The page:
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Over the past few weeks, I took a deep dive into the seven-day Facebook Good Ideas Festival, which focused on how small businesses can boost their online presence in various ways as they recover from the pandemic. Yes, it showcased different ways the platform can be helpful in the field of entrepreneurship, but also featured small-business success stories that offered inspiration and guidance on leveraging social media to both promote their brands and conduct more convenient and efficient business.
Supporting small businesses
The festival kicked off on June 28 as a nod to the UN’s Micro, Small and Medium-sized Enterprises (MSME) Day, of which Facebook is one of the founding partners. Also, the festival shares the goal of the International Trade Centre (ITC) in promoting awareness about the contributions small businesses make in achieving sustainable development and lifting the global economy.
In a blog post, Facebook Vice President of Global Customer Marketing Michelle Klein highlighted the inspirational and educational content being offered. “You’ll have ongoing access to free digital skills training and interactive workshops that will help you learn creative new ways to grow your networks, sell goods online and more,” Klein wrote.
Klein also stressed how Facebook is seeking to help businesses forging partnerships with companies and policy partners like Adobe and the National Restaurant Association “to offer skills training and thought leadership on topics ranging from how to choose a pricing strategy to design tips to content creation and more.”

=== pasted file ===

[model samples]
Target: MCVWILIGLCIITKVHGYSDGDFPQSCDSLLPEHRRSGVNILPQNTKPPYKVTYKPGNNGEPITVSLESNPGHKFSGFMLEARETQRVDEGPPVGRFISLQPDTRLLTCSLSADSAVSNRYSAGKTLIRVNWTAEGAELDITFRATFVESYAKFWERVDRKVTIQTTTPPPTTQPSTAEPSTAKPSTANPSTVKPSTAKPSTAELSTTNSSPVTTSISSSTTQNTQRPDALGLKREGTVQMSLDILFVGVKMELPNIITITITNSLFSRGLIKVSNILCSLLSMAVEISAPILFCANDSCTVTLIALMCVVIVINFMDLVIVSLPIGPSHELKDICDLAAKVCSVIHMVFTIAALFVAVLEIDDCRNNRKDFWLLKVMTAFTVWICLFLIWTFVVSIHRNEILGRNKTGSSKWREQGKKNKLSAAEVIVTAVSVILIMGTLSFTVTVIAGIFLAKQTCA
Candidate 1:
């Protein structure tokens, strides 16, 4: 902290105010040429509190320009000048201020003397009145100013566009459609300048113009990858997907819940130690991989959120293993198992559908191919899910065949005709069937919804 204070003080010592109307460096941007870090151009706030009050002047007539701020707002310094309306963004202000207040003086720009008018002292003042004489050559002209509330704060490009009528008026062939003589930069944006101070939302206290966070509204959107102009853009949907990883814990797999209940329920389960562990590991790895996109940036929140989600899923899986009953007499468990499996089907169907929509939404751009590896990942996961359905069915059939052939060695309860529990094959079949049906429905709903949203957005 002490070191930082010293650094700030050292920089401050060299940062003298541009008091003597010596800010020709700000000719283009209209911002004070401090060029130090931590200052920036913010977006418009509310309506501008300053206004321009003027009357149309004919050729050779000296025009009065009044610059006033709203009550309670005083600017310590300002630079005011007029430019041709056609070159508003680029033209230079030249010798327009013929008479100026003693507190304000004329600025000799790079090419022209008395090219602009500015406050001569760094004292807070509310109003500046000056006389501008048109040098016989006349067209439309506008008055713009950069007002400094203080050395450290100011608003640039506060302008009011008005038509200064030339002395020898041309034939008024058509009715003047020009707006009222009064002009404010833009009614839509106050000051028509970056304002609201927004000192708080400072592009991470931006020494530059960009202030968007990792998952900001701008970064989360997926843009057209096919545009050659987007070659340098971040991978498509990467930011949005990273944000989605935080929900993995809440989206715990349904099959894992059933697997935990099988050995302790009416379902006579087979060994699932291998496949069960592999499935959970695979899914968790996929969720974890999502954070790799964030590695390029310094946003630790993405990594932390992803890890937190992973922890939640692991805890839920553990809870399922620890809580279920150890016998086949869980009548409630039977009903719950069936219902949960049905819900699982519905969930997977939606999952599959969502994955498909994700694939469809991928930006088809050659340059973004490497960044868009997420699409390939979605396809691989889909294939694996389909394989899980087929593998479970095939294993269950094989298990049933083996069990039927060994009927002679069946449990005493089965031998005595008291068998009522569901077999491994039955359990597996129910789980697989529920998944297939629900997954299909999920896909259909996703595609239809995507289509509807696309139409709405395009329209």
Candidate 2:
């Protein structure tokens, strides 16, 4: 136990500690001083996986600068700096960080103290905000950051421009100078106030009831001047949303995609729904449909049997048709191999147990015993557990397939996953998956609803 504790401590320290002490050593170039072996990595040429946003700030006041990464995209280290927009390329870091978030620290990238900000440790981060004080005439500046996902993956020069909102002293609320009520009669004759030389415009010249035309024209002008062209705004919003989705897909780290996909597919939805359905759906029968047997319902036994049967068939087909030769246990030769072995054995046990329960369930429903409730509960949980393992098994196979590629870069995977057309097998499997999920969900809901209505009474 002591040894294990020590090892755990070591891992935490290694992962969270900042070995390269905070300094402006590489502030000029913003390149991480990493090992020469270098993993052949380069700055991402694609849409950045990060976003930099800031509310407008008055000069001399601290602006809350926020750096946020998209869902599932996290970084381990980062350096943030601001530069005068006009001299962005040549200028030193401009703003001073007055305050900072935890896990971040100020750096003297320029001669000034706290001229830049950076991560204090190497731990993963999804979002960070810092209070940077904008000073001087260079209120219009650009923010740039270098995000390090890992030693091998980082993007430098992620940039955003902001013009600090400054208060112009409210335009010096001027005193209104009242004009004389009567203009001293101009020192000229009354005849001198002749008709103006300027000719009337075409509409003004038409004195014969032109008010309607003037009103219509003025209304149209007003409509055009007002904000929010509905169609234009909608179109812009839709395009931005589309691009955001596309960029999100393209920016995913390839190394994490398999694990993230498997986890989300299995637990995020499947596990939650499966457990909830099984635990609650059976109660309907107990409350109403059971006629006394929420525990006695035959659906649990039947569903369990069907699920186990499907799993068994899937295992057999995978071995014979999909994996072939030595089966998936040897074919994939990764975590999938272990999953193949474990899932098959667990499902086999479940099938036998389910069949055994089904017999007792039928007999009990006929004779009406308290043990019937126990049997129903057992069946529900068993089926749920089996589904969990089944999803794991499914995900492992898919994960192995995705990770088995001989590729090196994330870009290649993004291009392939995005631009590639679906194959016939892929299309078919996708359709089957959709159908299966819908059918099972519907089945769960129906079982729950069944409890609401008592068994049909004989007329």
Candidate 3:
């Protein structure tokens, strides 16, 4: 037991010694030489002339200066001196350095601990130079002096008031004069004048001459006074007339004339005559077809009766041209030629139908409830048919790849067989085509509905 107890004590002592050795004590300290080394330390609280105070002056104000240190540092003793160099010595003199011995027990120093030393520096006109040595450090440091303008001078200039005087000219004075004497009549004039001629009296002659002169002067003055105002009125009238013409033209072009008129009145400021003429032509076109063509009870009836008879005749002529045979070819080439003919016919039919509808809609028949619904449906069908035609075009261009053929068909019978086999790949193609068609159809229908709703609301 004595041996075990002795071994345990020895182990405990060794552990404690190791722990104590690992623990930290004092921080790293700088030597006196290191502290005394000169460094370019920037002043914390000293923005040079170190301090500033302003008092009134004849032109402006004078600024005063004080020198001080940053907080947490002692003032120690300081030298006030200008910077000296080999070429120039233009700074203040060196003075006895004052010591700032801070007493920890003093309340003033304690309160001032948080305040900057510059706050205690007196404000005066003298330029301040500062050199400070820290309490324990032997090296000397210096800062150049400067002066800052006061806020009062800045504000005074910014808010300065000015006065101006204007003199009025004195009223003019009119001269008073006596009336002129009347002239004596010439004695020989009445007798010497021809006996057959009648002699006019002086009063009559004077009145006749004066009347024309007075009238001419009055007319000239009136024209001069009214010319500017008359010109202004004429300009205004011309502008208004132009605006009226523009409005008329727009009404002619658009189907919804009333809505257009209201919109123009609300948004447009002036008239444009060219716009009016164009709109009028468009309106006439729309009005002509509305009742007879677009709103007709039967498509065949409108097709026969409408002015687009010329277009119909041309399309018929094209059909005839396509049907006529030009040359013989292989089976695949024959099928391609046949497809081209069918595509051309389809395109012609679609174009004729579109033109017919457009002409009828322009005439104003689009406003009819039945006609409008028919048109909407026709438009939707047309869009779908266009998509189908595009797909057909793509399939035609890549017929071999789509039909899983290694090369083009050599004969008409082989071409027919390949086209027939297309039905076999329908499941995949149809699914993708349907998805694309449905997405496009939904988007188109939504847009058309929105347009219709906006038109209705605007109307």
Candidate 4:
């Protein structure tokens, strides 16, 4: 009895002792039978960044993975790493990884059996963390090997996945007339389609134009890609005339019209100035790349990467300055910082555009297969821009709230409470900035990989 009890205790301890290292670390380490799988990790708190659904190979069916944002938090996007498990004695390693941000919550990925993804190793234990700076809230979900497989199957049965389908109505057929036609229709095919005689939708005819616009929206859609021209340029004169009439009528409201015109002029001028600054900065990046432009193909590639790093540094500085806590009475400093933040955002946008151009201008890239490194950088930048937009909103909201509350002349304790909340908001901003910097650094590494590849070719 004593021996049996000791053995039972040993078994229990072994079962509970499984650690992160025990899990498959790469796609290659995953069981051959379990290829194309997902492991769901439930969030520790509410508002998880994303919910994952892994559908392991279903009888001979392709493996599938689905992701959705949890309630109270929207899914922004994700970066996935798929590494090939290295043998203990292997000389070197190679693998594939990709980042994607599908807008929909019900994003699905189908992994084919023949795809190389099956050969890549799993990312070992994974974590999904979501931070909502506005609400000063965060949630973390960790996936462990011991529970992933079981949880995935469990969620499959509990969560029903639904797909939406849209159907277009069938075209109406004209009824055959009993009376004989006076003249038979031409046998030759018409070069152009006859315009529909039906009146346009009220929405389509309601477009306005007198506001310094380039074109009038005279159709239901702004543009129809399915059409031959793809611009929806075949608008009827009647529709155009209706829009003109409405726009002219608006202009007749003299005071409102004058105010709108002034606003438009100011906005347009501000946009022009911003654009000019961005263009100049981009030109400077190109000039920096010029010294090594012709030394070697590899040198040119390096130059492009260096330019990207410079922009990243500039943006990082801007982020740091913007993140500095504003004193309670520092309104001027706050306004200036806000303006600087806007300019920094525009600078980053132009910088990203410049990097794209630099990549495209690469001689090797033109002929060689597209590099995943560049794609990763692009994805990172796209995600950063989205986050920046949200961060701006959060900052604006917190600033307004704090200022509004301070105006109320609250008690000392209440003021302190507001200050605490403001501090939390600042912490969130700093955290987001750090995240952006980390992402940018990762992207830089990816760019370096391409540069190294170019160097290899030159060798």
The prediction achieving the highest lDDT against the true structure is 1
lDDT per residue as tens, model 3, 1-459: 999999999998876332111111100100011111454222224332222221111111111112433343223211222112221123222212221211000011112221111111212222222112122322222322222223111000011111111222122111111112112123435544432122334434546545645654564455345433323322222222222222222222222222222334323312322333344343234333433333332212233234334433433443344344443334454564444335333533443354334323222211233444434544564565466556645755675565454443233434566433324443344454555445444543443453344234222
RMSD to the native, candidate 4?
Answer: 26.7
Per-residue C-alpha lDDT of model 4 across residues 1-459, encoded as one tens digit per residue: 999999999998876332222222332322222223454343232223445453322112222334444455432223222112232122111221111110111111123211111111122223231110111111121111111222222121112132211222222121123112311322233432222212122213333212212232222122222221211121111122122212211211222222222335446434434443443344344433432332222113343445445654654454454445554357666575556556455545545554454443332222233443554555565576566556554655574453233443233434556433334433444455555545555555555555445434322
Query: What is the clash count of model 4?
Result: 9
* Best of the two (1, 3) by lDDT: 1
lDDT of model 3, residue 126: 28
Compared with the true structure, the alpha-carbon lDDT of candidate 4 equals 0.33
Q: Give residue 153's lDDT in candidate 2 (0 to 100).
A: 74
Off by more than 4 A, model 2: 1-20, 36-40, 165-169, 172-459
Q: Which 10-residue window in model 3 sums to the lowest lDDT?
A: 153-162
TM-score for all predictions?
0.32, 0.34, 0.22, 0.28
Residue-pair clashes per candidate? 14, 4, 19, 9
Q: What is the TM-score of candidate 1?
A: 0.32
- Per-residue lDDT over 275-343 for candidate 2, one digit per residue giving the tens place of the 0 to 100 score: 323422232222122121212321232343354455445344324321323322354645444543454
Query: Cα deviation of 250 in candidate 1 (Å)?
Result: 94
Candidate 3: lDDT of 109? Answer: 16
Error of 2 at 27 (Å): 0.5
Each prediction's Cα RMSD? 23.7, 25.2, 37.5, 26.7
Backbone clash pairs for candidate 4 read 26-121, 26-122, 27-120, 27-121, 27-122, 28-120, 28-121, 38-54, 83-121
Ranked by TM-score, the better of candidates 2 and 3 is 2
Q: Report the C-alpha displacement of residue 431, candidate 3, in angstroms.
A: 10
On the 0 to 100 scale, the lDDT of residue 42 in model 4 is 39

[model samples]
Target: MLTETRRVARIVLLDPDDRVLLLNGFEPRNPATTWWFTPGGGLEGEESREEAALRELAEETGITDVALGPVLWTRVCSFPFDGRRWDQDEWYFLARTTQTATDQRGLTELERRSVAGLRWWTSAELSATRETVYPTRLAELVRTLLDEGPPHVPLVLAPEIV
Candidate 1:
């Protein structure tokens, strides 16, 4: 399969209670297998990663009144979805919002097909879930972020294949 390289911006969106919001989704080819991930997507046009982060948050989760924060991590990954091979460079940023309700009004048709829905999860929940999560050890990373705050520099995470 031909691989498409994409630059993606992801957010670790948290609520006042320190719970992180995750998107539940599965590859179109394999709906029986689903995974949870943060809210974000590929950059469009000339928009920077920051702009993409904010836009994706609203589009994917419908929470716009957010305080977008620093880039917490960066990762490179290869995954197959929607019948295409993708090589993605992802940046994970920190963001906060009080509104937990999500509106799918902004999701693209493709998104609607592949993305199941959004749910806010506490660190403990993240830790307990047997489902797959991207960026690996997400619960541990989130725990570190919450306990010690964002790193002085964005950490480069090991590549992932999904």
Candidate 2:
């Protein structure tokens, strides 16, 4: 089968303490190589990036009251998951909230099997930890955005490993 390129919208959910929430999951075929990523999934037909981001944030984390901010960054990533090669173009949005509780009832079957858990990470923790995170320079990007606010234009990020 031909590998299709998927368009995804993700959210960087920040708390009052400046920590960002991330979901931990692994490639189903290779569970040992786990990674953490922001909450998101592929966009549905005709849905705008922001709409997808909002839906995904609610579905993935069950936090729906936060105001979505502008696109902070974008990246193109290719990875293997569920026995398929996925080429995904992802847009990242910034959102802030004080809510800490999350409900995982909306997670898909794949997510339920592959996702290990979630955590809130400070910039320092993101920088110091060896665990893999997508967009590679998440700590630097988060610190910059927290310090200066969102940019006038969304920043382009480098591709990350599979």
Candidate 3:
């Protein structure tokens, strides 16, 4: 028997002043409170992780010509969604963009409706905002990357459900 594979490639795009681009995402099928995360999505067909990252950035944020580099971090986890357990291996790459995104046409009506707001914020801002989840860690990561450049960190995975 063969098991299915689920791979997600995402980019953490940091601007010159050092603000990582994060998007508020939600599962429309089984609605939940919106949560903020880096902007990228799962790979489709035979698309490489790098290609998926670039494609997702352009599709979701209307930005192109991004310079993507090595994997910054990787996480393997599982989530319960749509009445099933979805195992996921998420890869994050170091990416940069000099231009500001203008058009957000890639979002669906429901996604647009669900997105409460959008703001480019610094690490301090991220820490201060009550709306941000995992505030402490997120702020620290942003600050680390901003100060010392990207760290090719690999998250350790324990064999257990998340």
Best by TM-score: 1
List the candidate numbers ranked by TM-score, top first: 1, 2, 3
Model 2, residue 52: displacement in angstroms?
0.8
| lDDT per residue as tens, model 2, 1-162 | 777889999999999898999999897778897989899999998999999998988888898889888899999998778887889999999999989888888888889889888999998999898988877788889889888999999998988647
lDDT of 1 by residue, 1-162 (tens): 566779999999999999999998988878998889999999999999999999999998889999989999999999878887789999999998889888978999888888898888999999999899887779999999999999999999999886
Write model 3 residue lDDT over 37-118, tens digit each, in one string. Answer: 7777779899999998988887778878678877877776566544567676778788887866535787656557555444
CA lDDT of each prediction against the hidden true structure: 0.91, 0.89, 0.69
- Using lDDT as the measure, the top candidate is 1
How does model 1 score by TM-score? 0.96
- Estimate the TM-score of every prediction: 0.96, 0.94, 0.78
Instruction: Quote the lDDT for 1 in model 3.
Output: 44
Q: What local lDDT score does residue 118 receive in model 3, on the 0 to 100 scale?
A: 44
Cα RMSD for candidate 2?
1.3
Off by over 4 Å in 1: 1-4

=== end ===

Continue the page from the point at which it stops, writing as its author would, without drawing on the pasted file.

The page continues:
Bringing in star power
On its face, the festival had no shortage of clout and reach, but still didn’t shy away from leveraging Hollywood star power. The virtual event, which occurred during the week of July 12, presented Avatar and Guardians of the Galaxy actress Zoe Saldana as host. Zaldana, a business owner in her own right, relayed stories of endeavors that succeeded in taking advantage of social media for their promotions and engagement with customers.
Additionally, the festival introduced the newest season of the video series Boost My Business, hosted by fashion designer Tan France of the reality TV show Queer Eye. The clips highlighted a number of small companies, including Sistah SciFi, a bookstore specializing in books authored by African-American and Native American women, as well as Texas beauty store Brandy Lucas Beauty, Virginia coffee shop Turkish Coffee Lady and California cafe The Cat Cafe. Boost My Business also took a virtual trip to New York City to help brass shop J. Landress Brass enhance its online sales through personalized video ads.
Found on Facebook
The company likewise used the festival to launch its new digital series, Found on Facebook. The kickoff episodes touted businesses in the hospitality industry, which were among the worst affected by the pandemic. Desi Galli, an Indian restaurant in New York, was one of the businesses profiled. Its owner, Chef PriaVanda, showcased how she gained more customers by making use of Instagram Reels, a platform similar to TikTok.
Subsequent episodes are set to dig deeper into digital-marketing strategies and techniques other small businesses can apply to their operations, in order to make the most out of the opportunities that emerge along the road to economic recovery.
Alongside Found on Facebook, the social media giant offered a “Getting Back to Business” training session for businesses that are already reopening. The company enlisted the help of groups such as the National Restaurant Association to provide direction on topics like pricing strategy, website and store design and content development.